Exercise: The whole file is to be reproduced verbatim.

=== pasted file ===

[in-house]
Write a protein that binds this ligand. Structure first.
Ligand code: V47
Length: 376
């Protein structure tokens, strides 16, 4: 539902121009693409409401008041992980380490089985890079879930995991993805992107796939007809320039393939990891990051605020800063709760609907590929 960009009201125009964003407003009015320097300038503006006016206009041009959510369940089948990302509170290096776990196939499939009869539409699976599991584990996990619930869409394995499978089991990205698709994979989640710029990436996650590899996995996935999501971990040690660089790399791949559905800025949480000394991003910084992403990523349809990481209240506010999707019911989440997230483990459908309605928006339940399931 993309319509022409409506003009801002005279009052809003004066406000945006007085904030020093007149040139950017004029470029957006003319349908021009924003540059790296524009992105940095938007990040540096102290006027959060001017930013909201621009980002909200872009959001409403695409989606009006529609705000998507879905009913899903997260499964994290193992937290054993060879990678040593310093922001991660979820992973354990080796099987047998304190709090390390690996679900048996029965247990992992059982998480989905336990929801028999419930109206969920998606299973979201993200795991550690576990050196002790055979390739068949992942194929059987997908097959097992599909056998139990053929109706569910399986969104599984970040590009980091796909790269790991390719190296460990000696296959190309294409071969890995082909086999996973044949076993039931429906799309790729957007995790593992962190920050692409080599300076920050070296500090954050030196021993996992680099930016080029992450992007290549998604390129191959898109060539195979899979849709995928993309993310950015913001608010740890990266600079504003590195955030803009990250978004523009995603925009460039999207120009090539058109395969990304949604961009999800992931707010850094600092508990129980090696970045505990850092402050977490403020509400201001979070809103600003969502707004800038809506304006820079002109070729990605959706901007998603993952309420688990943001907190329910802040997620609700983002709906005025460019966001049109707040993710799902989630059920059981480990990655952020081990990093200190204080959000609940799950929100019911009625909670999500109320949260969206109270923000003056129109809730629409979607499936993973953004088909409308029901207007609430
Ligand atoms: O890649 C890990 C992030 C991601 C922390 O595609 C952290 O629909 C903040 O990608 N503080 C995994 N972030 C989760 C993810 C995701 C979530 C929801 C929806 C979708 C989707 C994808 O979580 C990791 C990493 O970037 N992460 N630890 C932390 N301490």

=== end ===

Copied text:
[in-house]
Write a protein that binds this ligand. Structure first.
Ligand code: V47
Length: 376
């Protein structure tokens, strides 16, 4: 539902121009693409409401008041992980380490089985890079879930995991993805992107796939007809320039393939990891990051605020800063709760609907590929 960009009201125009964003407003009015320097300038503006006016206009041009959510369940089948990302509170290096776990196939499939009869539409699976599991584990996990619930869409394995499978089991990205698709994979989640710029990436996650590899996995996935999501971990040690660089790399791949559905800025949480000394991003910084992403990523349809990481209240506010999707019911989440997230483990459908309605928006339940399931 993309319509022409409506003009801002005279009052809003004066406000945006007085904030020093007149040139950017004029470029957006003319349908021009924003540059790296524009992105940095938007990040540096102290006027959060001017930013909201621009980002909200872009959001409403695409989606009006529609705000998507879905009913899903997260499964994290193992937290054993060879990678040593310093922001991660979820992973354990080796099987047998304190709090390390690996679900048996029965247990992992059982998480989905336990929801028999419930109206969920998606299973979201993200795991550690576990050196002790055979390739068949992942194929059987997908097959097992599909056998139990053929109706569910399986969104599984970040590009980091796909790269790991390719190296460990000696296959190309294409071969890995082909086999996973044949076993039931429906799309790729957007995790593992962190920050692409080599300076920050070296500090954050030196021993996992680099930016080029992450992007290549998604390129191959898109060539195979899979849709995928993309993310950015913001608010740890990266600079504003590195955030803009990250978004523009995603925009460039999207120009090539058109395969990304949604961009999800992931707010850094600092508990129980090696970045505990850092402050977490403020509400201001979070809103600003969502707004800038809506304006820079002109070729990605959706901007998603993952309420688990943001907190329910802040997620609700983002709906005025460019966001049109707040993710799902989630059920059981480990990655952020081990990093200190204080959000609940799950929100019911009625909670999500109320949260969206109270923000003056129109809730629409979607499936993973953004088909409308029901207007609430
Ligand atoms: O890649 C890990 C992030 C991601 C922390 O595609 C952290 O629909 C903040 O990608 N503080 C995994 N972030 C989760 C993810 C995701 C979530 C929801 C929806 C979708 C989707 C994808 O979580 C990791 C990493 O970037 N992460 N630890 C932390 N301490």